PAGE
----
Hackers Can Change Media Files We Recieve Via Whatsapp Or Telegram Using Media File Jacking

media file jacking

If you think that the multimedia files that you receive in your complex, encrypted, secure messaging applications cannot be tampered with, you should think again.

Yesterday, Symantec security researchers demonstrated some interesting scenarios of attacks on WhatsApp and Telegram applications for Android, which could allow attackers to spread false news or deceive users when sending payments to incorrect accounts using Media file jacking attack.

Nicknamed “Media File Jacking,” the attack uses the already known fact that any application installed on a device can access and overwrite files stored in external memory, including files saved by other applications installed on the same device.

WhatsApp and Telegram allow users to choose whether they want to save all incoming multimedia files in the internal or external memory of their device.

Also Read: Facebook Is Fined $5 Billion To Settle FTC Privacy Investigation

However, by default, WhatsApp for Android automatically saves media files in external memory, and Telegram for Android uses internal memory to store user files that are not available for other applications.

However, many Telegram users manually change this parameter to external memory using the Save to Gallery option in the settings when they want to share the received multimedia files with their friends using other communication applications such as Gmail, Facebook Messenger or WhatsApp.

It should be noted that the attack is not limited only to WhatsApp and Telegram, but also affects the functionality and privacy of many other Android applications.

How does the Media File Jacking attack work?

Like man-on-disk attacks, a malicious application installed on the recipient’s device can intercept and process multimedia files, such as personal photos, documents or videos, transferred between users through the device’s external storage, and all this without knowledge receivers and real-time.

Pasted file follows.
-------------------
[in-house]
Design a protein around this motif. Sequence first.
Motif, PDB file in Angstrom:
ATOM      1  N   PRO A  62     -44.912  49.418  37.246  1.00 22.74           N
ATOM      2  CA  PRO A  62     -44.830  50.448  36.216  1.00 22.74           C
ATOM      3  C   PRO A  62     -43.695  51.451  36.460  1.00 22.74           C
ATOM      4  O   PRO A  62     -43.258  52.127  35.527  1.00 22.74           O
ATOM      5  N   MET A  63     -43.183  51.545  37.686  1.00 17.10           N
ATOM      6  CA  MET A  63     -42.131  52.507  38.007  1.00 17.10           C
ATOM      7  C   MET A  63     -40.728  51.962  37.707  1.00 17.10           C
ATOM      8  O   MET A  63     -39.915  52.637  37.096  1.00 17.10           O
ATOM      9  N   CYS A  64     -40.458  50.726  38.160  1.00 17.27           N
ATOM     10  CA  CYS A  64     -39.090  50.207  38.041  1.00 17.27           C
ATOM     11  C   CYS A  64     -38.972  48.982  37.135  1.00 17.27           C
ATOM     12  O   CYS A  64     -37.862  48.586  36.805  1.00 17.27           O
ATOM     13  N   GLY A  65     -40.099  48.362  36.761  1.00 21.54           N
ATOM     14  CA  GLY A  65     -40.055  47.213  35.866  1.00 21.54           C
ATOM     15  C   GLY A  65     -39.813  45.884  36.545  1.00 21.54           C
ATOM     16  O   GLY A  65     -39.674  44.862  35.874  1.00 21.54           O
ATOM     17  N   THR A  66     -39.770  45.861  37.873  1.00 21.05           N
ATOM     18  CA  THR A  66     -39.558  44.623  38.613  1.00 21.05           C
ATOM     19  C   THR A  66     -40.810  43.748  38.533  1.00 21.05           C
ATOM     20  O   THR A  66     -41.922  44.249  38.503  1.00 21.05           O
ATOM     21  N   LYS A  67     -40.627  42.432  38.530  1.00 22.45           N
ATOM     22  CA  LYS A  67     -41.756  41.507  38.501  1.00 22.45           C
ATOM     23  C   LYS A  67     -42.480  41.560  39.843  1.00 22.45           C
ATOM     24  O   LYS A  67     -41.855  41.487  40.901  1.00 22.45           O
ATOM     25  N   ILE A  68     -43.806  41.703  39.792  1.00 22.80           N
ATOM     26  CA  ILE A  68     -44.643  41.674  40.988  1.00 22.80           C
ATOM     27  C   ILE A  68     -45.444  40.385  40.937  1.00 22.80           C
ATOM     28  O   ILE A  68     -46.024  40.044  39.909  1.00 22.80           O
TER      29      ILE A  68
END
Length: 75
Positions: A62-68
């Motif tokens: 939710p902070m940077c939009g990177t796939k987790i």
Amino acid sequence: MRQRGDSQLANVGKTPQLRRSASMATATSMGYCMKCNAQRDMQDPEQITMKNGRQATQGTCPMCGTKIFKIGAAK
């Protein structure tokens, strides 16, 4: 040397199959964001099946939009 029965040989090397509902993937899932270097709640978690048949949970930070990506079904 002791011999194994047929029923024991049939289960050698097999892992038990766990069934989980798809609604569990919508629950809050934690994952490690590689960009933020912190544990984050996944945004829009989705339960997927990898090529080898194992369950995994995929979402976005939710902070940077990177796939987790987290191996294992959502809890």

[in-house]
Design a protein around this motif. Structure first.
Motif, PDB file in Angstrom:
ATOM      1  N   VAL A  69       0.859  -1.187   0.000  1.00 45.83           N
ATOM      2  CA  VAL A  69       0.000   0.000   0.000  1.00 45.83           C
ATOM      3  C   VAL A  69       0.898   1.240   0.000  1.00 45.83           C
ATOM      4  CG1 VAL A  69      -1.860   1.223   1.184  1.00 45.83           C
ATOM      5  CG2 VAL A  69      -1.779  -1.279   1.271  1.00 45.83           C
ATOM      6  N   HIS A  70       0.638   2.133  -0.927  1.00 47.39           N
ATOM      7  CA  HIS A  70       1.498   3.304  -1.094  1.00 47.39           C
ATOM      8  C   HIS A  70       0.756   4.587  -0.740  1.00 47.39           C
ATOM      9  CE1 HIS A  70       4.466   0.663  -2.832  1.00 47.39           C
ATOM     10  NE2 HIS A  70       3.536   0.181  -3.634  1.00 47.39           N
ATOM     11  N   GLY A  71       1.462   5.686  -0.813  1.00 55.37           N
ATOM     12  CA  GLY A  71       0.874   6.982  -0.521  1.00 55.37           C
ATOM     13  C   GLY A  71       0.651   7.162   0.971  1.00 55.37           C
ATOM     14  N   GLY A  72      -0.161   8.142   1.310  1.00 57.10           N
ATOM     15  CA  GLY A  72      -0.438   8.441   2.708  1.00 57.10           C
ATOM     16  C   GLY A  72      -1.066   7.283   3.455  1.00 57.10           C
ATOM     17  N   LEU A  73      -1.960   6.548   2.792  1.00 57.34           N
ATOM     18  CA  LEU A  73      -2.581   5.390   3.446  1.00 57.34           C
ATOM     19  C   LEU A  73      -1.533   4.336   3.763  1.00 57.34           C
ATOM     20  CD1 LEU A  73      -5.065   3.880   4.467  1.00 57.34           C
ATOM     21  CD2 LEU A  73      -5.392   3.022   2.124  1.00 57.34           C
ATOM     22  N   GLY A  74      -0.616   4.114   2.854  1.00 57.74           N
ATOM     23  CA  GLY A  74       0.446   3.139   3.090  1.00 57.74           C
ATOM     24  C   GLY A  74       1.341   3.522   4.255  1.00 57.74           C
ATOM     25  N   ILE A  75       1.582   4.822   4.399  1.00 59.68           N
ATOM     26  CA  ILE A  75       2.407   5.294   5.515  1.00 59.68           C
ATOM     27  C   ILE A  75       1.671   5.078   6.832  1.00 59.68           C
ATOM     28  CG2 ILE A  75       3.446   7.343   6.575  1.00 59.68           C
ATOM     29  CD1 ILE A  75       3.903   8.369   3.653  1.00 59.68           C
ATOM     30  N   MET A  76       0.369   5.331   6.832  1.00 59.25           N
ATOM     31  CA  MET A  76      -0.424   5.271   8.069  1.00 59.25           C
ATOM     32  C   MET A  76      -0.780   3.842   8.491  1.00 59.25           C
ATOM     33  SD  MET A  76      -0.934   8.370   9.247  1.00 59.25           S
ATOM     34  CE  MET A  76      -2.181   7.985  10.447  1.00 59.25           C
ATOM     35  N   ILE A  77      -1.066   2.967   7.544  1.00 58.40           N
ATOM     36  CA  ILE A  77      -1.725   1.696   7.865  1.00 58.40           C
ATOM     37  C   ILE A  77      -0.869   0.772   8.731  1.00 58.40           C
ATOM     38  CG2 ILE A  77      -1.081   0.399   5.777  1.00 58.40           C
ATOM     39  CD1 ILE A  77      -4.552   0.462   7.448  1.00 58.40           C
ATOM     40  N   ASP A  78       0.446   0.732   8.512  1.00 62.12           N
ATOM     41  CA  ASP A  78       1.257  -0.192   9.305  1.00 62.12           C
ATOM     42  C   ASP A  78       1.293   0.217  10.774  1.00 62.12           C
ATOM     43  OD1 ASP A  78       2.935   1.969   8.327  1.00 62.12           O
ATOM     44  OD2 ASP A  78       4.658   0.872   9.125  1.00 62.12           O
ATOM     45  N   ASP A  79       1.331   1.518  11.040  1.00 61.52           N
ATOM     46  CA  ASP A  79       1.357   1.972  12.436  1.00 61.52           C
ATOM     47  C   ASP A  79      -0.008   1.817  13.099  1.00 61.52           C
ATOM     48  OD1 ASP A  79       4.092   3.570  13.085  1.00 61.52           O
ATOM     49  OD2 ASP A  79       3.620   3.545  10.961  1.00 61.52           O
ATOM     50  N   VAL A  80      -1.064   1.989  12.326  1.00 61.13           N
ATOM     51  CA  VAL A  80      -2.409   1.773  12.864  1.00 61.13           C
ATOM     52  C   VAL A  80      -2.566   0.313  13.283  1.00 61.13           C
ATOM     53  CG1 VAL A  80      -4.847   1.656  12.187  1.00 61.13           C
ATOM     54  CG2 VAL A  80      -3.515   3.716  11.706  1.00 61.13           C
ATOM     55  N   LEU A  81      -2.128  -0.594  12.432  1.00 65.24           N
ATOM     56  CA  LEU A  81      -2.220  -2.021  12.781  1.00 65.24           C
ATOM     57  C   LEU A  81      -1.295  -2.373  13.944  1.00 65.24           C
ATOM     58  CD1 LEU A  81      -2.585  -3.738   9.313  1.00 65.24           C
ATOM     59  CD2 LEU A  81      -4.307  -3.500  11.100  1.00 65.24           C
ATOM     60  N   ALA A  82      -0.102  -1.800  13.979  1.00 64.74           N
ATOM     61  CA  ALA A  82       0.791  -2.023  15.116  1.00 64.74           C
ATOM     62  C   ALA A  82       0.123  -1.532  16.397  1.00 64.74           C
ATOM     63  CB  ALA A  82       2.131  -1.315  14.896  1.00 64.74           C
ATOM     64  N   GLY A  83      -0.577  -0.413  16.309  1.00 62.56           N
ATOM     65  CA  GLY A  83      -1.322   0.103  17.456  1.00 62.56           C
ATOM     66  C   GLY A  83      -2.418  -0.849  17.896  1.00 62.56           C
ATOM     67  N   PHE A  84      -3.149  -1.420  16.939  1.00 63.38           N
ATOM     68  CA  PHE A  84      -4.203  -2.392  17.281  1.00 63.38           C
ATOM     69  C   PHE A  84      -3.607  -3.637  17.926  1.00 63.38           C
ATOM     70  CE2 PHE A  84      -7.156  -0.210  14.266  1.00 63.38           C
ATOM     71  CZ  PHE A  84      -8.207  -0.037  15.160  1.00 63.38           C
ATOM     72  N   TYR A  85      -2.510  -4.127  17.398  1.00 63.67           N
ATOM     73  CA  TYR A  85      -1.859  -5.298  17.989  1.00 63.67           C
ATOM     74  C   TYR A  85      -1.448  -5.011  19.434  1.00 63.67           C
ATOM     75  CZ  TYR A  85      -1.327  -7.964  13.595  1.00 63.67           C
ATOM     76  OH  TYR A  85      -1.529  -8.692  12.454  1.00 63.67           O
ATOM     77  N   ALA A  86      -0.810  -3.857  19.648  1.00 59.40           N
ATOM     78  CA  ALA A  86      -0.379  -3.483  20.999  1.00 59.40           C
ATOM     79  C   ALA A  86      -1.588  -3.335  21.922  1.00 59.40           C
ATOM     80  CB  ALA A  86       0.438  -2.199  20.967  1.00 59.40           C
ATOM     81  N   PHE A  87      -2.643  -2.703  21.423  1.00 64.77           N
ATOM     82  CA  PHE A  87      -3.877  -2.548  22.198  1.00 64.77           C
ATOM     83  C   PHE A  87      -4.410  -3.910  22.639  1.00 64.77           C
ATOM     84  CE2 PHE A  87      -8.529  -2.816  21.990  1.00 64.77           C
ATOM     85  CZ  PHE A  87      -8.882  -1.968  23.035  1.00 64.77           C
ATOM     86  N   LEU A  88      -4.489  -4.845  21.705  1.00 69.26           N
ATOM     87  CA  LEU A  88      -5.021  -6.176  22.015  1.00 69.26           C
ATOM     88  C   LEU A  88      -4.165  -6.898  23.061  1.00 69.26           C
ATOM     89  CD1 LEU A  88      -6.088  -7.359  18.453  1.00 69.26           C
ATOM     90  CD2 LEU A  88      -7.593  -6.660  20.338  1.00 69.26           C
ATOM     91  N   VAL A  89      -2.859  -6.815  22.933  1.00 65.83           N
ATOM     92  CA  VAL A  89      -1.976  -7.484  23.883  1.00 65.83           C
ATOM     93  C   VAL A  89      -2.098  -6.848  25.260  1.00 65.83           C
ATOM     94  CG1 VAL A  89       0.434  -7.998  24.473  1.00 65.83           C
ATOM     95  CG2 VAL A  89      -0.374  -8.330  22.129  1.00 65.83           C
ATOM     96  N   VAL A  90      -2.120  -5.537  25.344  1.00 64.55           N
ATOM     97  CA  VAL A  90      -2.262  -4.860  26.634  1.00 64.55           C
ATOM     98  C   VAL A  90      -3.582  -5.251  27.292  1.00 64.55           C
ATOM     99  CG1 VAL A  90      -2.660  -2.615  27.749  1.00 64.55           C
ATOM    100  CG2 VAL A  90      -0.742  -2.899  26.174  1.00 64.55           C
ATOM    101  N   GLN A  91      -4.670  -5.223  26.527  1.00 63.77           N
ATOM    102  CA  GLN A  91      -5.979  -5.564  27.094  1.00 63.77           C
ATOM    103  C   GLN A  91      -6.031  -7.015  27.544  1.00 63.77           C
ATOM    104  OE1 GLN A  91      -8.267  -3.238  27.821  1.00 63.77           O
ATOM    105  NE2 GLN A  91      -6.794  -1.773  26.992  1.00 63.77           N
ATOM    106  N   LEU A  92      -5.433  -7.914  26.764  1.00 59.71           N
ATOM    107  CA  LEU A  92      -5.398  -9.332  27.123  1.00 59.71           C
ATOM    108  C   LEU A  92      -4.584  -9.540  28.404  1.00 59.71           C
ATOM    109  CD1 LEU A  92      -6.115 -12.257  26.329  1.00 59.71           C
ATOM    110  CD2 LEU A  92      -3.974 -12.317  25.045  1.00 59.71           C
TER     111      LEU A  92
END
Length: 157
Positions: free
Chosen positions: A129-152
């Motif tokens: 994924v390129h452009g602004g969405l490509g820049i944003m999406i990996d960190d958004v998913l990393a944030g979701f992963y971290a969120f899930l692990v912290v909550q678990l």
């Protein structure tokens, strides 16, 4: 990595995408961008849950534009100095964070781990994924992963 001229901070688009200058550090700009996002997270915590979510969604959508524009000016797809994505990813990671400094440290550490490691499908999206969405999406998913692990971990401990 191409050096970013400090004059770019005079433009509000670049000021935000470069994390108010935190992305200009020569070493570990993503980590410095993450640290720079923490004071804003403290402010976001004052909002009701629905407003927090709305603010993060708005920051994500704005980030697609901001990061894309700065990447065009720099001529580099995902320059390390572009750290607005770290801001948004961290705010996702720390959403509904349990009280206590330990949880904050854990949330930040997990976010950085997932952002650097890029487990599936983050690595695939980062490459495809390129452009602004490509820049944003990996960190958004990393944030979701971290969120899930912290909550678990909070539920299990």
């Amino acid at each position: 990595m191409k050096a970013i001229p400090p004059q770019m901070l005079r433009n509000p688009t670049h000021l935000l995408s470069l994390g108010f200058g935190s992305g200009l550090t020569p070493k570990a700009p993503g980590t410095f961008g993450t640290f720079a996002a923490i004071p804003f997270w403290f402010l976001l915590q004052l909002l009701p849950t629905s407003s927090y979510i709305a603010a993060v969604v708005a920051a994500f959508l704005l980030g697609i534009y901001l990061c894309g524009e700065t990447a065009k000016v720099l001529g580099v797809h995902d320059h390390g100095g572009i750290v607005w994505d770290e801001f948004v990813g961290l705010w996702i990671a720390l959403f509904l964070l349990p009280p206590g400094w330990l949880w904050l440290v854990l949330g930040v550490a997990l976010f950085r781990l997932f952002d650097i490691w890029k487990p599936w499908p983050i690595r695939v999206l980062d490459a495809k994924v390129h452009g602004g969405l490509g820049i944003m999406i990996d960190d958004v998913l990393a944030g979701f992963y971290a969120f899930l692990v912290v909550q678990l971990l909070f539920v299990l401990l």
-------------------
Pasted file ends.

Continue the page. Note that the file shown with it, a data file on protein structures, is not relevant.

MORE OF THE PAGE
“The fact that files are stored and loaded from external memory without adequate security mechanisms allows other applications to authorize recording to external storage to risk the integrity of media files,” the researchers said. blog.

“Attackers can use a trust relationship between the sender and the recipient when they use these instant messaging applications to gain personal gain or damage.”

As shown below, the researchers illustrated and demonstrated four attack scenarios in which a malicious application can instantly analyze and manipulate incoming files, which leads to:

1.) Image manipulation

In this attack scenario, an apparently innocent, but in fact harmful application loaded by the user can be launched in the background to attack the media file, while the victim uses WhatsApp and “manipulates personal photos in almost real-time and without knowing “.

2.) Payment of manipulations

In this scenario, which researchers call “one of the most malicious attacks on media file falsification,” An attacker could manipulate an account sent by a supplier to clients to induce them to make a payment to an account controlled by an attacker.

3.) fake audio messages

In this attack scenario, attackers can use trust relationships between employees of the organization. They can use voice restoration with deep learning technology to change the original sound message for personal gain or for emptying.

4.) Spread false news

In Telegram, administrators use the concept of “channels” to send messages to an unlimited number of subscribers who use published content.

Also Read: More Than 55% Of Email Servers Are Affected By New RCE Vulnerability

With the help of fake multimedia file attacks, an attacker can edit the multimedia files that are displayed in the trusted channels feed in real-time to spread false news.

How to prevent your hackers from breaking into your Android files

Symantec has already notified Telegram and Facebook / WhatsApp about attacks on media storage but believes Google will solve this problem with the next Android Q update.

Android Q includes a new privacy feature called Scoped Storage, which changes the way applications access files in the device’s external memory.

Scoped Storage offers each application an isolated, isolated storage environment in the device’s external memory, where no other application can directly access data stored by other applications on the device.

Prior to this, users can reduce the risk of such attacks by disabling the function responsible for storing media files in the external memory of the device. For this, Android users can upgrade to:

WhatsApp: Settings → Chat → Turn off the “Media Visibility” switch
Telegram: Settings → Chat Settings → Disable the “Save in Gallery” switch


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